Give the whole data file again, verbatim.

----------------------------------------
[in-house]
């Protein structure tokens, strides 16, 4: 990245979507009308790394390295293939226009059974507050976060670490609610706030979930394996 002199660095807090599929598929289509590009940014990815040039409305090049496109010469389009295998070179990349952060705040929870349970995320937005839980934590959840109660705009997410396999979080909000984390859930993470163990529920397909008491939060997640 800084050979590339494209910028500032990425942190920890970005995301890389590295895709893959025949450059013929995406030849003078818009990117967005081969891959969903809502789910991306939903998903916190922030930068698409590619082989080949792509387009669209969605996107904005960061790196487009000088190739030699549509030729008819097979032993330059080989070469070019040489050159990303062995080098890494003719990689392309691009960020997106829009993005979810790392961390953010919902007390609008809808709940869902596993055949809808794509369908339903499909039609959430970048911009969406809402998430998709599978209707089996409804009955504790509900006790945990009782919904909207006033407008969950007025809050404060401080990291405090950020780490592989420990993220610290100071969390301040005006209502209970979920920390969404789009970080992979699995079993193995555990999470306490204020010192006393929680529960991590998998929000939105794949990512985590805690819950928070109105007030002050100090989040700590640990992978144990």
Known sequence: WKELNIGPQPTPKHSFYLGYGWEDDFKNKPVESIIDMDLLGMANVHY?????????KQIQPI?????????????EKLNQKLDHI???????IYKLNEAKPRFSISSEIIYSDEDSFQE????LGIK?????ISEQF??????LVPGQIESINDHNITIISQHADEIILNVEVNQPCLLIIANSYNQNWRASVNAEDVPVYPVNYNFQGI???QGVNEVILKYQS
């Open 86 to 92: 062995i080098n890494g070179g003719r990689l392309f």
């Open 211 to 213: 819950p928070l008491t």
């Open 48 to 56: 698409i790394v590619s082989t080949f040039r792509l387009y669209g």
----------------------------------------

[in-house]
């Protein structure tokens, strides 16, 4: 990245979507009308790394390295293939226009059974507050976060670490609610706030979930394996 002199660095807090599929598929289509590009940014990815040039409305090049496109010469389009295998070179990349952060705040929870349970995320937005839980934590959840109660705009997410396999979080909000984390859930993470163990529920397909008491939060997640 800084050979590339494209910028500032990425942190920890970005995301890389590295895709893959025949450059013929995406030849003078818009990117967005081969891959969903809502789910991306939903998903916190922030930068698409590619082989080949792509387009669209969605996107904005960061790196487009000088190739030699549509030729008819097979032993330059080989070469070019040489050159990303062995080098890494003719990689392309691009960020997106829009993005979810790392961390953010919902007390609008809808709940869902596993055949809808794509369908339903499909039609959430970048911009969406809402998430998709599978209707089996409804009955504790509900006790945990009782919904909207006033407008969950007025809050404060401080990291405090950020780490592989420990993220610290100071969390301040005006209502209970979920920390969404789009970080992979699995079993193995555990999470306490204020010192006393929680529960991590998998929000939105794949990512985590805690819950928070109105007030002050100090989040700590640990992978144990």
Known sequence: WKELNIGPQPTPKHSFYLGYGWEDDFKNKPVESIIDMDLLGMANVHY?????????KQIQPI?????????????EKLNQKLDHI???????IYKLNEAKPRFSISSEIIYSDEDSFQE????LGIK?????ISEQF??????LVPGQIESINDHNITIISQHADEIILNVEVNQPCLLIIANSYNQNWRASVNAEDVPVYPVNYNFQGI???QGVNEVILKYQS
């Open 86 to 92: 062995i080098n890494g070179g003719r990689l392309f």
């Open 211 to 213: 819950p928070l008491t």
């Open 48 to 56: 698409i790394v590619s082989t080949f040039r792509l387009y669209g």